If you have a toddler like mine – who likes to join her sister colouring in but is also going through the destructive phase – then you probably have a growing pile of broken crayons (the ones that haven’t been eaten). I’ve seen a lot of tutorials over the years showing how to melt down the bits of crayons to form new ones and that seemed like a great addition to the low cost / craft based advent thing I’m doing with the girls.
But, does it work? I’ve had a couple of goes now and now have 6 cute multicoloured Christmas crayons to pop into an advent bag! Here’s how I did it:
1 -Pre-heat your oven to 190 degrees C.
2 – Chop the crayon bits down as small as possible. To be honest, I think I could have done with them being slightly smaller than in my photo, then I would have got more crayon in the mould.
3 – Add the chopped crayons to the mould – make sure that you have a heat proof one!* I used a Christmas chocolate making mould that is happy up to 200 degrees C. Star shapes would be good too and not just for Christmas. Avoid moulds with very thin parts as the crayon would break easily when used. Seren helped with this bit and we decided on multi-coloured crayons. I’ve seen others use just one colour or tone or you could go with Christmas colours only.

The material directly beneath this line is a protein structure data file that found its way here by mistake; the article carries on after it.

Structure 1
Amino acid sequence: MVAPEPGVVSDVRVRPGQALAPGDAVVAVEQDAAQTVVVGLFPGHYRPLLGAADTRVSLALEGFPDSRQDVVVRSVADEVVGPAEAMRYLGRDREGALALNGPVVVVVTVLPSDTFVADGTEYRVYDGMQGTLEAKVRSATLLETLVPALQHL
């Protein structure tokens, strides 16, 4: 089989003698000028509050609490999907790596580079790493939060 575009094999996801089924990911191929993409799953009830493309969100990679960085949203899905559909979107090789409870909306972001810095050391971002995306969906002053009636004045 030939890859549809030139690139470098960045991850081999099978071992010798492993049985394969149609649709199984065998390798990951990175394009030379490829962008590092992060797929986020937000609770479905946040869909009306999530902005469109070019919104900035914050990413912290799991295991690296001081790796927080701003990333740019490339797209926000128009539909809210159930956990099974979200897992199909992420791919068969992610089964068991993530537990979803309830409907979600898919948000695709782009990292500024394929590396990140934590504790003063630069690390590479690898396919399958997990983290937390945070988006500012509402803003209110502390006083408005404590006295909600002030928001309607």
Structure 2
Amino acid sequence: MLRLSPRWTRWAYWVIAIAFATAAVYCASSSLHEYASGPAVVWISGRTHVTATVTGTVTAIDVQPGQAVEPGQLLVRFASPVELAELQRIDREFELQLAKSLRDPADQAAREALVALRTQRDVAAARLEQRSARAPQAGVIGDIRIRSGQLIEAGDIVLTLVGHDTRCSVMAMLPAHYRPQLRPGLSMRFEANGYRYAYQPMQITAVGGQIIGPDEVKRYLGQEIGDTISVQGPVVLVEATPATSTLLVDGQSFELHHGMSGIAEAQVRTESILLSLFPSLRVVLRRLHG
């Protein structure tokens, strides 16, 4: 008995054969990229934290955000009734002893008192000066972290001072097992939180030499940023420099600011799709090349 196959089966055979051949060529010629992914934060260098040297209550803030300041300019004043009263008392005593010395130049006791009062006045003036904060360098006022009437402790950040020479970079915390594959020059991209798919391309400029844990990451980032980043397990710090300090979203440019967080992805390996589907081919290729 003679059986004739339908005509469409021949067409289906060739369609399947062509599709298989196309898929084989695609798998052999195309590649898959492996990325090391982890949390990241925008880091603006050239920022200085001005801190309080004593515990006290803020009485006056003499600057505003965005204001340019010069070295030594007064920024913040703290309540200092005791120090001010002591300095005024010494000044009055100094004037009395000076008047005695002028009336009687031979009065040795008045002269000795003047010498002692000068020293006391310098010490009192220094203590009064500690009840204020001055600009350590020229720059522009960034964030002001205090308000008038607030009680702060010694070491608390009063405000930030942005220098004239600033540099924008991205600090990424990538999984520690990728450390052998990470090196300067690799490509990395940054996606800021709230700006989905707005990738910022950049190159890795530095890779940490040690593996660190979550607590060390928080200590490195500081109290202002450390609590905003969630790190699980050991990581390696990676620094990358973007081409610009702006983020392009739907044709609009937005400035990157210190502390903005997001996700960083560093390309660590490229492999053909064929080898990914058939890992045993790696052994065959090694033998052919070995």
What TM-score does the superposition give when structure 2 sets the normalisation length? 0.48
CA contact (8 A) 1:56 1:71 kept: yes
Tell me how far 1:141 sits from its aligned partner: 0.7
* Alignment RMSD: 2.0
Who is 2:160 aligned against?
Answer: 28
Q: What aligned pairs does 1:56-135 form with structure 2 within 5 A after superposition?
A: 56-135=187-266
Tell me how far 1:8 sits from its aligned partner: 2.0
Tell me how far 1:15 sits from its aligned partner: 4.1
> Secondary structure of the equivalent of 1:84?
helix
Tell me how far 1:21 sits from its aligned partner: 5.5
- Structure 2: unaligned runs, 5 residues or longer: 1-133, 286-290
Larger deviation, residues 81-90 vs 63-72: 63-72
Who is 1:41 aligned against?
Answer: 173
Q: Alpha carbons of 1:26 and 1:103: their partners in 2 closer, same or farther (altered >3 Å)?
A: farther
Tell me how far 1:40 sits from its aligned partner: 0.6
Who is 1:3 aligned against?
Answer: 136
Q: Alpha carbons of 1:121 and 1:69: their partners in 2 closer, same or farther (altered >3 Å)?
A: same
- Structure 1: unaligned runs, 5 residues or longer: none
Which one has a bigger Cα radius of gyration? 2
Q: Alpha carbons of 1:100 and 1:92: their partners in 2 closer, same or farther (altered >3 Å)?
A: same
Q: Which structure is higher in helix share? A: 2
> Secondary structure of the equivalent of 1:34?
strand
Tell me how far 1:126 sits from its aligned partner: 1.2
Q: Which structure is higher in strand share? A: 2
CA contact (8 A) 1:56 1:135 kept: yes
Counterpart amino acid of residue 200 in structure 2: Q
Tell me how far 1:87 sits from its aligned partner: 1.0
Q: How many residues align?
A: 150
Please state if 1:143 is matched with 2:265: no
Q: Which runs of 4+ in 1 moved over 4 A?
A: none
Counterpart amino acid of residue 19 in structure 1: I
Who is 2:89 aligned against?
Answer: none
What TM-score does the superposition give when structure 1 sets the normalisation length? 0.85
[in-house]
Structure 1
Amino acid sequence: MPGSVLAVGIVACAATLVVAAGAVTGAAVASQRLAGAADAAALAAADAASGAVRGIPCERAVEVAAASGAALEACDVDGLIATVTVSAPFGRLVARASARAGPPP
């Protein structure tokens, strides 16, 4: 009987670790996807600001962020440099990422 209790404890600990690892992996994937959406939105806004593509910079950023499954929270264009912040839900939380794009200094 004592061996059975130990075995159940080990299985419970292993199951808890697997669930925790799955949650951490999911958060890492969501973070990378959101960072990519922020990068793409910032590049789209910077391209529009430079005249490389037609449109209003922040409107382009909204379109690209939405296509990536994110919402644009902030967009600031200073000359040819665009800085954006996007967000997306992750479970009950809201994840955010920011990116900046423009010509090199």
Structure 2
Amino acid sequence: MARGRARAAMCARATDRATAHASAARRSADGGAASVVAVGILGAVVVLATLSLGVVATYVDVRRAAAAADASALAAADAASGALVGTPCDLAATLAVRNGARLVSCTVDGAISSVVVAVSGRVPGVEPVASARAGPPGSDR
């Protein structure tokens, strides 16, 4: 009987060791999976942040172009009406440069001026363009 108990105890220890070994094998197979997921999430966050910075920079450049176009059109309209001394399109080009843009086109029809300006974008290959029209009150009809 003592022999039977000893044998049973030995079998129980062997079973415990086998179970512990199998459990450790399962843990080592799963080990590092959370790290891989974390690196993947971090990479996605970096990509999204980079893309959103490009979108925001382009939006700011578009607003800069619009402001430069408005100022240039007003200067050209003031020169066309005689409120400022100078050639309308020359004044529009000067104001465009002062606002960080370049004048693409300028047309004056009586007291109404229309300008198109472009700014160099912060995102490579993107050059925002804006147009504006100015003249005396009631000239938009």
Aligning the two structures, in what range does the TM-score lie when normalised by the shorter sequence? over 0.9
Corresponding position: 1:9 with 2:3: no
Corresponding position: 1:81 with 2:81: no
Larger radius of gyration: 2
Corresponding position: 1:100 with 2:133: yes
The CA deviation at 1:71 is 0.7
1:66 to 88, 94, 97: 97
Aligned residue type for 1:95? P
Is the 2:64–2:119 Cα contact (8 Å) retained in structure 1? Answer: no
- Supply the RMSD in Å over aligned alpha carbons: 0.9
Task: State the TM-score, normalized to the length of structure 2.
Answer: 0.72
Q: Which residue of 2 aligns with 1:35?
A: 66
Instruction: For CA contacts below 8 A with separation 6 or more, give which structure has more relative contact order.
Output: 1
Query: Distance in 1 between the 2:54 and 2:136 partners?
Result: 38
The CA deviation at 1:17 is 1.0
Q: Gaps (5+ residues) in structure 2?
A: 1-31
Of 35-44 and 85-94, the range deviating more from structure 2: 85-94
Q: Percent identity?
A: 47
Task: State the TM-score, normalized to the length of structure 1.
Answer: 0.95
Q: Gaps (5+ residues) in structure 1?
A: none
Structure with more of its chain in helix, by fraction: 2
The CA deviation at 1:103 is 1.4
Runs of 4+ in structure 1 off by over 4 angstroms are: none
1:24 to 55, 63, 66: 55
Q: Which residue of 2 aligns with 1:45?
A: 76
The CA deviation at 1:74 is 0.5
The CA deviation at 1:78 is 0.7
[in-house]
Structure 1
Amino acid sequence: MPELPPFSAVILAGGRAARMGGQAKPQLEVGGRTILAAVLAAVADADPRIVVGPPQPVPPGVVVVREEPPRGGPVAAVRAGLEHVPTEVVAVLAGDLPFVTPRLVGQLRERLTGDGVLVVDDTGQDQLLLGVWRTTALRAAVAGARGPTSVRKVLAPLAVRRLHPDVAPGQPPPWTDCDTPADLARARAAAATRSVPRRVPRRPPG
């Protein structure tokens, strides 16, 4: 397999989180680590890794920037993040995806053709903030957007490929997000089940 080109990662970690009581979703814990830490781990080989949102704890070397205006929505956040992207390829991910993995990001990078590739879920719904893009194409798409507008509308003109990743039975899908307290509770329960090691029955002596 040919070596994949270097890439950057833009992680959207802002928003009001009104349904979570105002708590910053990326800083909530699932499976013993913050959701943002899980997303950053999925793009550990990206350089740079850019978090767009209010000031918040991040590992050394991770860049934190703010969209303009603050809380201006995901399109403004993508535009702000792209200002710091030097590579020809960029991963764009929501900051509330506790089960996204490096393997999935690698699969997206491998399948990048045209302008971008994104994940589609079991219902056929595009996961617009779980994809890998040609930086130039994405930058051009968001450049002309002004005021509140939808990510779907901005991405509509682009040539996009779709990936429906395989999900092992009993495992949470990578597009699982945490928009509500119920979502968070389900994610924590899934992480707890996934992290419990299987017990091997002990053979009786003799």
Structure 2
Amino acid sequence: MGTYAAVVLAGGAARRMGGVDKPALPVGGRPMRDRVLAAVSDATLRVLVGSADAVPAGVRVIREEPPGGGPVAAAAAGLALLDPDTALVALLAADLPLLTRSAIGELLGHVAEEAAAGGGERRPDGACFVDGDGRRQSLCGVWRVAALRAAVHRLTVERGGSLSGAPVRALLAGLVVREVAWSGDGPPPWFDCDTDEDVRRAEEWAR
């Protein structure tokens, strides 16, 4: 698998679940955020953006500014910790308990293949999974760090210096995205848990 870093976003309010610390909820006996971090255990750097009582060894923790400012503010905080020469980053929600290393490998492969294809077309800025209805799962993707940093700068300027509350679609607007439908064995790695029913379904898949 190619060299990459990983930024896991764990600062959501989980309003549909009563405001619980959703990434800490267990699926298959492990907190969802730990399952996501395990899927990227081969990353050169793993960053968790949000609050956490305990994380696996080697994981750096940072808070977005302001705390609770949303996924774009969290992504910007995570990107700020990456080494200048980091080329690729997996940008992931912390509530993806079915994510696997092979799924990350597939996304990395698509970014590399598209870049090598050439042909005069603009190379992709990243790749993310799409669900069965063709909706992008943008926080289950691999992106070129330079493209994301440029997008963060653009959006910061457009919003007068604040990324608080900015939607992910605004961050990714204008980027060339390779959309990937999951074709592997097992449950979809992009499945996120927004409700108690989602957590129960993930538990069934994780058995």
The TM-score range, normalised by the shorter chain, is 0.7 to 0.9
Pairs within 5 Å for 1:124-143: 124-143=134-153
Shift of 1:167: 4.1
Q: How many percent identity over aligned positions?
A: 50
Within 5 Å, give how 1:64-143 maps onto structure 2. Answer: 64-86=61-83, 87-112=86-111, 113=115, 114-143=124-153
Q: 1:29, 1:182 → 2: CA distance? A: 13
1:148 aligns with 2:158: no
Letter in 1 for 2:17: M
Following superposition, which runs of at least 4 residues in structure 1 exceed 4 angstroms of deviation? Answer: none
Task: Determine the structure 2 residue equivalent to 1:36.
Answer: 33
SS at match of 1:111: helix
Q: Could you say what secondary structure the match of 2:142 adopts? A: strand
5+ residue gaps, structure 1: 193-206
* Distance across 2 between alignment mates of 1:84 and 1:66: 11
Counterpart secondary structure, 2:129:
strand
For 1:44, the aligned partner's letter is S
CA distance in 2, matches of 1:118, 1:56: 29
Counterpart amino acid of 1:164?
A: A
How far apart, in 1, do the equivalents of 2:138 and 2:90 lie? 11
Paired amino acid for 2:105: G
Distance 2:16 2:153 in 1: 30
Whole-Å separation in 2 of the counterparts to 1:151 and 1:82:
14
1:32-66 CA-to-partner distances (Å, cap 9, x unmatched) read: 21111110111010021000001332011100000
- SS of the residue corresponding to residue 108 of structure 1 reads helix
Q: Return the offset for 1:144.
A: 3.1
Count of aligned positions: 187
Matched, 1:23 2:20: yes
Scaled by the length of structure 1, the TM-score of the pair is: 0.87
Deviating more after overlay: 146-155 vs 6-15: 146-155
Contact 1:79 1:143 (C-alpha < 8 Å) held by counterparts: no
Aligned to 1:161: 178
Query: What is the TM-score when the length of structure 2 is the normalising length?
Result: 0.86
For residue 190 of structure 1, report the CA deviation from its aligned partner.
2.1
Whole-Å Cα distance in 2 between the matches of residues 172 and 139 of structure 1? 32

4 – Place in the oven on a baking tray for 7 ish minutes (check after 5 minutes) until the crayons are melted. You might want to open a window too as this might all smell a bit.
5 – When all the crayon wax has melted, take out of the oven and leave to cool. Then, gently, gently ease the crayons out of the mould. I pulled back the edges of the mould first then gently pressed them upwards from the bottom. Some of the designs were quite robust but a couple of them broke when I was taking them out. So, I put them straight back in the oven to melt again.
6 – You’re all done and ready to colour in! I’ve popped mine into a bag for the girls to open later on in December.
* I did learn this the hard way – total Pinterest fail! I used a Christmas silicone ice cube tray the first time, assuming that it was heat proof. It most definitely was not, see below!
Oh dear! Let’s hope the rest of our Christmas crafting adventures are more successful.
This post was first published in December 2015.